Building a Better Community from the Bottom Up

Building a Better Community from the Bottom Up

Emily Renteria, Editor in Chief

Summer was great, wasn’t it? For most, summer gives people a chance to take a break from the chaos of life and give in to some much needed pampering and relaxation; but that is not the case for many high school seniors. Before the school year even started, soon-to-be graduates began tossing and turning at night over college applications.

(Note:  Whether it has hit you or not, the time has come for some self-reflection)

Many students find themselves saying, “I should’ve done this,” or, more importantly, “I shouldn’t have done that.” One student, for example, regrets taking only the minimum amount of classes required to apply for Cal State universities. He says, “I just wanted to be done with school, but after my junior year, I realized how important education is for my future. I do qualify for Cal States, and I’m grateful to have achieved that, but it would’ve been nice to have had the chance to even apply to a UC.” Another high school senior confessed that she hadn’t taken school seriously, because “[she was] going to be a model, so [she didn’t] need to worry about college… That was before [she] discovered [her] passion for helping animals.” (Now, due to her effort and hard work in her junior year, she is eligible to apply to a four-year college this fall and will pursue a career as a veterinarian). But why are there students having this epiphany so late in the game?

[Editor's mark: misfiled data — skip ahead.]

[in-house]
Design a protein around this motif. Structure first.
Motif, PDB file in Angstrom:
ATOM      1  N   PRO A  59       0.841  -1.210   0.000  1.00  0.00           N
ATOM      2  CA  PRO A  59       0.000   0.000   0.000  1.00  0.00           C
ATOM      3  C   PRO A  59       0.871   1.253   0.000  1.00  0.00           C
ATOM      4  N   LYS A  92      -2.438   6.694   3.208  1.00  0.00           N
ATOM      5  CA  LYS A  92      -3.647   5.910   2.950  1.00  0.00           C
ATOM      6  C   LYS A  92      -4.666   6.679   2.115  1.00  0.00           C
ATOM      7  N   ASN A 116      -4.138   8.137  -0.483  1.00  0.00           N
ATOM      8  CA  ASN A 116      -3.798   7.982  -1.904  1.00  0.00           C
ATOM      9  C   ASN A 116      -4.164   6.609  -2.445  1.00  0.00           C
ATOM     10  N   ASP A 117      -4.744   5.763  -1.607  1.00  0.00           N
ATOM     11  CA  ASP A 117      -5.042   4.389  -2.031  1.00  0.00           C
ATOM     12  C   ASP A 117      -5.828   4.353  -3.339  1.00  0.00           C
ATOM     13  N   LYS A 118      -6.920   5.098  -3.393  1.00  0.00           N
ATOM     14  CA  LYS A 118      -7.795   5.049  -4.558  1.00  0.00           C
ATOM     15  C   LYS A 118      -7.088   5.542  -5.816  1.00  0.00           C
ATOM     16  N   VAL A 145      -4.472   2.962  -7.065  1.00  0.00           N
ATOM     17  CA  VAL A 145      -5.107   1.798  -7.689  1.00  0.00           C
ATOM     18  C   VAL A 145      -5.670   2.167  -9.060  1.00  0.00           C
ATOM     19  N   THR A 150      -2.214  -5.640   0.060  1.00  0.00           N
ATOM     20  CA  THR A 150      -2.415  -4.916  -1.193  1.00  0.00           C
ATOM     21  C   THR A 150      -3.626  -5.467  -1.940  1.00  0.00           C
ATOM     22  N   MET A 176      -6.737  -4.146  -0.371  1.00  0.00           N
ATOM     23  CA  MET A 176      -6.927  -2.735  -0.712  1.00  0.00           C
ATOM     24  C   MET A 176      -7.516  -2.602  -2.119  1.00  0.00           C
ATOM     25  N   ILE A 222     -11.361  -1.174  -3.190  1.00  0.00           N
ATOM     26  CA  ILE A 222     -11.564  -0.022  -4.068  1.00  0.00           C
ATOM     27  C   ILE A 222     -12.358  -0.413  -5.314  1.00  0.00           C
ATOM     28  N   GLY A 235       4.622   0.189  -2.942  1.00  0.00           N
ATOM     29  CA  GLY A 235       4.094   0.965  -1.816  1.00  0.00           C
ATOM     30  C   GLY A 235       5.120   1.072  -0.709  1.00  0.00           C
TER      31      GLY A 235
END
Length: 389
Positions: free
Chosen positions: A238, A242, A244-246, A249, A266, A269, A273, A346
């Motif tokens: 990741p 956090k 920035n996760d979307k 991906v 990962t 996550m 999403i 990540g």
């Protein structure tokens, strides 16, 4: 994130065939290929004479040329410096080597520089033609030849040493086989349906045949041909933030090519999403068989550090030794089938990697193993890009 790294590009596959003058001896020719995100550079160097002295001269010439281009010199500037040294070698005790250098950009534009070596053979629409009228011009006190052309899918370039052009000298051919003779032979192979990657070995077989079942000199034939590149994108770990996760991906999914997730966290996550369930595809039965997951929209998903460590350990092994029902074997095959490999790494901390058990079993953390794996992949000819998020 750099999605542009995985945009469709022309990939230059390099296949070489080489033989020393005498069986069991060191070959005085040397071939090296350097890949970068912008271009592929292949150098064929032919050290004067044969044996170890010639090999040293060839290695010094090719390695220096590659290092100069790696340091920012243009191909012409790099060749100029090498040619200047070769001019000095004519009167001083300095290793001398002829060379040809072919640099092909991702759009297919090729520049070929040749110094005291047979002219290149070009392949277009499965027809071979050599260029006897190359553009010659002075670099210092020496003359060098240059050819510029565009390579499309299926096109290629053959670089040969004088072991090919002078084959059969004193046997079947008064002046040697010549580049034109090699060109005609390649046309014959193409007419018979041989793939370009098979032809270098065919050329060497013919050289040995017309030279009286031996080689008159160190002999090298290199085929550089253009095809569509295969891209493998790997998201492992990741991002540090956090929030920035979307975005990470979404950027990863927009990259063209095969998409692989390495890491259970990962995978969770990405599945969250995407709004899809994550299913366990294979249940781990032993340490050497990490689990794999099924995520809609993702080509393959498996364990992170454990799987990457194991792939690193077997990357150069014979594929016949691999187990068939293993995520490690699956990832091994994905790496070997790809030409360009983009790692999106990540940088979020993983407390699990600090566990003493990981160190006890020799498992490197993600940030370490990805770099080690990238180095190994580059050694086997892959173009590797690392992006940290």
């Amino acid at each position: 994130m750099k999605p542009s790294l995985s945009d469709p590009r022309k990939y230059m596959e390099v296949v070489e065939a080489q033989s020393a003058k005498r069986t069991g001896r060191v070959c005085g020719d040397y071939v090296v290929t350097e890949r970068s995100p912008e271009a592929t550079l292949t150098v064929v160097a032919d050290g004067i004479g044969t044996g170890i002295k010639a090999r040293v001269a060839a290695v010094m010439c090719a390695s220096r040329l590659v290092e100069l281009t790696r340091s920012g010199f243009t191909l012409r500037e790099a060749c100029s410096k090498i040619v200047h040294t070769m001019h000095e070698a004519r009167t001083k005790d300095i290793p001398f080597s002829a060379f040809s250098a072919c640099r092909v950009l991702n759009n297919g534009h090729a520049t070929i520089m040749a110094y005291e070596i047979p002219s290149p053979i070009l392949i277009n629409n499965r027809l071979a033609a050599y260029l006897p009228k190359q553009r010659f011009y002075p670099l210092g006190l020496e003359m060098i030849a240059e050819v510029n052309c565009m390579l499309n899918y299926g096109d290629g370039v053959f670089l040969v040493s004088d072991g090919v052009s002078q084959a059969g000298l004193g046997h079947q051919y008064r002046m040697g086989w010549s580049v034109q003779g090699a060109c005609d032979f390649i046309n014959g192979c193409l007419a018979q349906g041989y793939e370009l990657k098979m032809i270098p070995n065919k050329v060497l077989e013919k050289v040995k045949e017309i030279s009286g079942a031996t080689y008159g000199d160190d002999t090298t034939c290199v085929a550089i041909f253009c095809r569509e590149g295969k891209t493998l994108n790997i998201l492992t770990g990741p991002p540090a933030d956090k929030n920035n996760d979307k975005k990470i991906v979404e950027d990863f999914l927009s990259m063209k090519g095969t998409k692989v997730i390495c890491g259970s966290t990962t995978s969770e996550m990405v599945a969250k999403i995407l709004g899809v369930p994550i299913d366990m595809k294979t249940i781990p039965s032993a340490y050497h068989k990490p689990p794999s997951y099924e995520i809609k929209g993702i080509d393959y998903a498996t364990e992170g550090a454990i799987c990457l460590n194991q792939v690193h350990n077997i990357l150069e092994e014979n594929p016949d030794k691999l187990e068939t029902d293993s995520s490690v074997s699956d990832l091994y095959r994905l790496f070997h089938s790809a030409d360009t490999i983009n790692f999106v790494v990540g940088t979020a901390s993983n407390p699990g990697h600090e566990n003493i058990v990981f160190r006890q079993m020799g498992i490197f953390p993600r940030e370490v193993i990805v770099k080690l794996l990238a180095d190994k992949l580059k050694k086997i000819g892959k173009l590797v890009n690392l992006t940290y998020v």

Upon talking with other students, most acknowledge that they did not properly inform themselves; yes, they knew the basics– A-G courses, SATs, ACTs, Personal Statements (now Personal Insight Questions), etc–but they were not determined to excel in those areas. Why? Well, they looked up to juniors and seniors and what were they doing–living life without worries!

Upperclassmen are so rad–they go to parties, concerts, and explore the world around them. Yet, the emphasis on academics and planning for the future is often overlooked (by both upperclassmen and underclassmen). Just like the two students mentioned, there are countless others coming to realize the necessity for education; some still have not come to that conclusion. Will it be too late? Is it already too late? For current seniors, it most likely is. Just because we have faltered, does not mean that those that follow in our footsteps should have to encounter the same fate.

I propose a challenge to high school seniors and juniors: I want each and everyone of you to look out for each other and care for each other. I want each and everyone of you to inspire your classmates, especially freshman and sophomores, to take pride in their school work and their person. I want each and every one of  you to guide your classmates–as if they were your own blood–and guide them to success.

Do not wait for a teacher to motivate those around you– you be the mentor, the inspiration, you would have wanted when you started high school. Prepare (with) your peers for the future we will all have to face.